After a period of relative strength or parity, the Canadian dollar recently dropped to roughly ninety cents against one U.S. dollar. (As of Friday, at least. Rates do fluctuate.)
Those familiar with economics know the various ins and outs of such a development. For regular folks here’s how that plays out in lay terms: travel and shopping in the U.S. is now more expensive for Canadians and Canada is back “on sale” for Americans, at 10% off!
The CBC has a short “winners and losers” list here.
Why is the loonie weaker? Those who live in that world cite things like monetary policy, commodity prices and signals from regulatory agencies, as with this dissection in the Globe and Mail on Thursday:
“Until today, the Bank of Canada had been careful not to open talk down the loonie,” chief economist Douglas Porter of BMO Nesbitt Burns said late yesterday in a research note titled “BoC declares open season on loonie.”
“They effectively gave sellers the green light in today’s monetary policy report by stating that even with the big drop in recent weeks, it remained high and would still ‘pose a competitiveness challenge for Canada’s non-commodity exports,” he added.
“As if on cue, the currency promptly fell another 1 per cent on Wednesday.”
As reported by the Canadian Press, the ruling conservatives feel this can be a good thing, while political opponents say “not so fast”:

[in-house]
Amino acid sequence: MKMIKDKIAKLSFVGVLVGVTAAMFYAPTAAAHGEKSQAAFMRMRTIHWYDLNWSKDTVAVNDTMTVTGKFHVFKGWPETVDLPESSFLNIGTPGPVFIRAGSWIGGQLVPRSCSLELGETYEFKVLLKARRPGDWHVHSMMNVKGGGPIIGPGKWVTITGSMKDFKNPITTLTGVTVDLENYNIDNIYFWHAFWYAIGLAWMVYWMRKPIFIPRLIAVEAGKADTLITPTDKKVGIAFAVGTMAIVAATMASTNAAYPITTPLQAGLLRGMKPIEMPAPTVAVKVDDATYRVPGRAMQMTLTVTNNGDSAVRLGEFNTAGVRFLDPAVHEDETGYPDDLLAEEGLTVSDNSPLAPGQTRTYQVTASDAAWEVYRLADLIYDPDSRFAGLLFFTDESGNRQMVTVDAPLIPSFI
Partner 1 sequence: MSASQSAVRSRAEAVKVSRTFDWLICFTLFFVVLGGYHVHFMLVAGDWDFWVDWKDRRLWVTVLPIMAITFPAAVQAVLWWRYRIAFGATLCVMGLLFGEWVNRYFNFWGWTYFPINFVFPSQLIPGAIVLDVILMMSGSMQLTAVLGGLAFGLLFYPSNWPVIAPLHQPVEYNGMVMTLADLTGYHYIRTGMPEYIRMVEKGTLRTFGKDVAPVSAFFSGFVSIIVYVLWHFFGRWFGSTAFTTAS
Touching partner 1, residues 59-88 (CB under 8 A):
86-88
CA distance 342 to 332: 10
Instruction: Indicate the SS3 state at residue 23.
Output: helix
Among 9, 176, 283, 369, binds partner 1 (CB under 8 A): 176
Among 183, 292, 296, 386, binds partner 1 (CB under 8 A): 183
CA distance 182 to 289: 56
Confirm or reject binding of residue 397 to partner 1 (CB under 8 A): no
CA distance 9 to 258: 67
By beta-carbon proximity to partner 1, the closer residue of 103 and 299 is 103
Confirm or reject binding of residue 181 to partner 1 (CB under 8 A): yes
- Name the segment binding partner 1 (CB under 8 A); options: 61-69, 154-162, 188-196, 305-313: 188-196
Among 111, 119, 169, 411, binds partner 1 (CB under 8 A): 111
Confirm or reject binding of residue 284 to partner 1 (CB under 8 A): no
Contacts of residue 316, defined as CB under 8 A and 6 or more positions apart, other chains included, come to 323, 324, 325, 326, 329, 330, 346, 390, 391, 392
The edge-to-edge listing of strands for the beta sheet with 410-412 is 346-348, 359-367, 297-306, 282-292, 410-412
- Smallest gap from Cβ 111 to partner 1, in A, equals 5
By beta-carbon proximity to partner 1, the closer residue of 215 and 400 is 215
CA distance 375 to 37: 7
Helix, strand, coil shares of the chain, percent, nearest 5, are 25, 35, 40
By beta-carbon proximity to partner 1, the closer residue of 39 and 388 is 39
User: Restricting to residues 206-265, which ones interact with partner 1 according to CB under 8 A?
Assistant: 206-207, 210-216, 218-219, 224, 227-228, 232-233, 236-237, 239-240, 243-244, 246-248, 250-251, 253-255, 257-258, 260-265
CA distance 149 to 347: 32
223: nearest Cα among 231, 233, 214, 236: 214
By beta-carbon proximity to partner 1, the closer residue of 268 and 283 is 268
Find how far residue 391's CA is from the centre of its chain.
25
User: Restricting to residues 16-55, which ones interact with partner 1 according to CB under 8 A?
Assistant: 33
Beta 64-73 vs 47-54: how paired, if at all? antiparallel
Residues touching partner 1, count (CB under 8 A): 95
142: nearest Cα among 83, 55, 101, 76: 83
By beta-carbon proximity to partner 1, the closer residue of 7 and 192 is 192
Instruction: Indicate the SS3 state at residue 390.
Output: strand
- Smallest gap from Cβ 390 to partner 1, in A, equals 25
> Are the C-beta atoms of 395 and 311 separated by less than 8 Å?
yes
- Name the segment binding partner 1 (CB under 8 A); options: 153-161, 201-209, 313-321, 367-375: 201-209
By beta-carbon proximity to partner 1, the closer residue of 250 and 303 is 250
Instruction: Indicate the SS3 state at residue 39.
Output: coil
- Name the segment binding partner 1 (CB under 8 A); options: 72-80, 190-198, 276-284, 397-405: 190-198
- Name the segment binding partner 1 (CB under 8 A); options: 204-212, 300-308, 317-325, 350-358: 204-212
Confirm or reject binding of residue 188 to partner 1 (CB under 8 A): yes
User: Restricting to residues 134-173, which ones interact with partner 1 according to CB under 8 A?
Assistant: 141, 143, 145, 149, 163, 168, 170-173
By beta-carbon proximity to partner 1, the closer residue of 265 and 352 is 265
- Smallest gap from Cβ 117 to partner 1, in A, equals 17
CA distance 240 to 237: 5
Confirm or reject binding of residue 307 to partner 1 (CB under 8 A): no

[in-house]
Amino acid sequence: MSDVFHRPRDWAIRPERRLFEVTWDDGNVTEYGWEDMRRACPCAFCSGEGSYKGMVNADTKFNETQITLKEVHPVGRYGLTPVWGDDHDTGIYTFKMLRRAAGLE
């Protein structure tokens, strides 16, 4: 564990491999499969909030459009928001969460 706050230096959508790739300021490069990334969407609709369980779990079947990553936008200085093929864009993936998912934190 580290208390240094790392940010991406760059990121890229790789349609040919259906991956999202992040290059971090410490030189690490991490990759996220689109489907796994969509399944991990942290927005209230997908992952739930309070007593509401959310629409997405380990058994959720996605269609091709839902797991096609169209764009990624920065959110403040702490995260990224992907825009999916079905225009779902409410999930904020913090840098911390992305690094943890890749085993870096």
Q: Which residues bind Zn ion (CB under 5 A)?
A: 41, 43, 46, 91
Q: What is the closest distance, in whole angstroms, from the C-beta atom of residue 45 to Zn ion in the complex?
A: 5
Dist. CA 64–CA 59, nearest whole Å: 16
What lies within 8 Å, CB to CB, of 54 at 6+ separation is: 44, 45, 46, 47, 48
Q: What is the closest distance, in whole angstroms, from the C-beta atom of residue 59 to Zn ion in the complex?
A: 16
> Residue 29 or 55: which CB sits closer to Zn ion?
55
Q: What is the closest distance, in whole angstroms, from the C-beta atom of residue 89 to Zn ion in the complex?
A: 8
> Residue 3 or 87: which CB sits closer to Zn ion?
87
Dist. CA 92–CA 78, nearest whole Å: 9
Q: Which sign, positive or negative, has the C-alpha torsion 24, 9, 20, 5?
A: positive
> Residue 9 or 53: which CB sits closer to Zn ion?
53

Finance Minister Jim Flaherty has made a point of noting that a weak dollar can spur economic growth by boosting exports — a boon for a government with its sights set squarely on balancing the books.
The loonie slid to 90.10 cents U.S. on Thursday, dipping briefly under the 90 cent mark for the first time since mid-2009. It’s lost four cents since Dec. 31 due to a combination of factors including a strengthening U.S. dollar, weak prices for commodities and Canada’s low-interest, low-inflation environment.
But the economy can’t turn so quickly to take advantage of a lower dollar, said NDP finance critic Peggy Nash. Many of manufacturing jobs that were lost under the Tories’ watch aren’t coming back.
The economy is underperforming and the Tories are “desperate to show that they can balance the books before the 2015 election and trying everything possible to do that,” Nash said.
For our region, the boom in cross-border Canadian shopping and travel may slow somewhat.
Meanwhile, merchants and travel destinations across Ontario and Quebec are hoping lots of Americans will return the favor of these familiar economic shifts. For now, at least, it’ll be “Come on over, your money buys more here!”